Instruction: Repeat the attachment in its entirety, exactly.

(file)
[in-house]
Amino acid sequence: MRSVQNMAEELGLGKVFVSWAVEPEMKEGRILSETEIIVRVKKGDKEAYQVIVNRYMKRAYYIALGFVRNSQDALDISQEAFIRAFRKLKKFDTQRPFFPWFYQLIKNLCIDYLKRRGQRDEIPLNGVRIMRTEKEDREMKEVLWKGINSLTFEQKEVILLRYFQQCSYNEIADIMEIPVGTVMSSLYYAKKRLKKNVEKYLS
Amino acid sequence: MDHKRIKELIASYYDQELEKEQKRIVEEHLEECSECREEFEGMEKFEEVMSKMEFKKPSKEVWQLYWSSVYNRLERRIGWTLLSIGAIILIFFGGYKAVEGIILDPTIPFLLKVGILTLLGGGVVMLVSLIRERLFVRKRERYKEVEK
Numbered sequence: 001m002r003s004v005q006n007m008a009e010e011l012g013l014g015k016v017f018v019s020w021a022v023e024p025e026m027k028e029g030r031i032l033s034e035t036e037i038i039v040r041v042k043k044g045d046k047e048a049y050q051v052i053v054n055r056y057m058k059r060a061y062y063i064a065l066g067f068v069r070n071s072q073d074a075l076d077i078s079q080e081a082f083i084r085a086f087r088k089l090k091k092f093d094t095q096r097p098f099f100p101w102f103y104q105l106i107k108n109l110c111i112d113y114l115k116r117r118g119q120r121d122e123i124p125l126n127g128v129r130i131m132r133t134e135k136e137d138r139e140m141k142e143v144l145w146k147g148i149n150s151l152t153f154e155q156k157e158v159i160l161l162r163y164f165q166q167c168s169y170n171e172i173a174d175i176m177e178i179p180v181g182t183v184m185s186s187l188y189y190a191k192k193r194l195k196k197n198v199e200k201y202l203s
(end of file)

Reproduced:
[in-house]
Amino acid sequence: MRSVQNMAEELGLGKVFVSWAVEPEMKEGRILSETEIIVRVKKGDKEAYQVIVNRYMKRAYYIALGFVRNSQDALDISQEAFIRAFRKLKKFDTQRPFFPWFYQLIKNLCIDYLKRRGQRDEIPLNGVRIMRTEKEDREMKEVLWKGINSLTFEQKEVILLRYFQQCSYNEIADIMEIPVGTVMSSLYYAKKRLKKNVEKYLS
Amino acid sequence: MDHKRIKELIASYYDQELEKEQKRIVEEHLEECSECREEFEGMEKFEEVMSKMEFKKPSKEVWQLYWSSVYNRLERRIGWTLLSIGAIILIFFGGYKAVEGIILDPTIPFLLKVGILTLLGGGVVMLVSLIRERLFVRKRERYKEVEK
Numbered sequence: 001m002r003s004v005q006n007m008a009e010e011l012g013l014g015k016v017f018v019s020w021a022v023e024p025e026m027k028e029g030r031i032l033s034e035t036e037i038i039v040r041v042k043k044g045d046k047e048a049y050q051v052i053v054n055r056y057m058k059r060a061y062y063i064a065l066g067f068v069r070n071s072q073d074a075l076d077i078s079q080e081a082f083i084r085a086f087r088k089l090k091k092f093d094t095q096r097p098f099f100p101w102f103y104q105l106i107k108n109l110c111i112d113y114l115k116r117r118g119q120r121d122e123i124p125l126n127g128v129r130i131m132r133t134e135k136e137d138r139e140m141k142e143v144l145w146k147g148i149n150s151l152t153f154e155q156k157e158v159i160l161l162r163y164f165q166q167c168s169y170n171e172i173a174d175i176m177e178i179p180v181g182t183v184m185s186s187l188y189y190a191k192k193r194l195k196k197n198v199e200k201y202l203s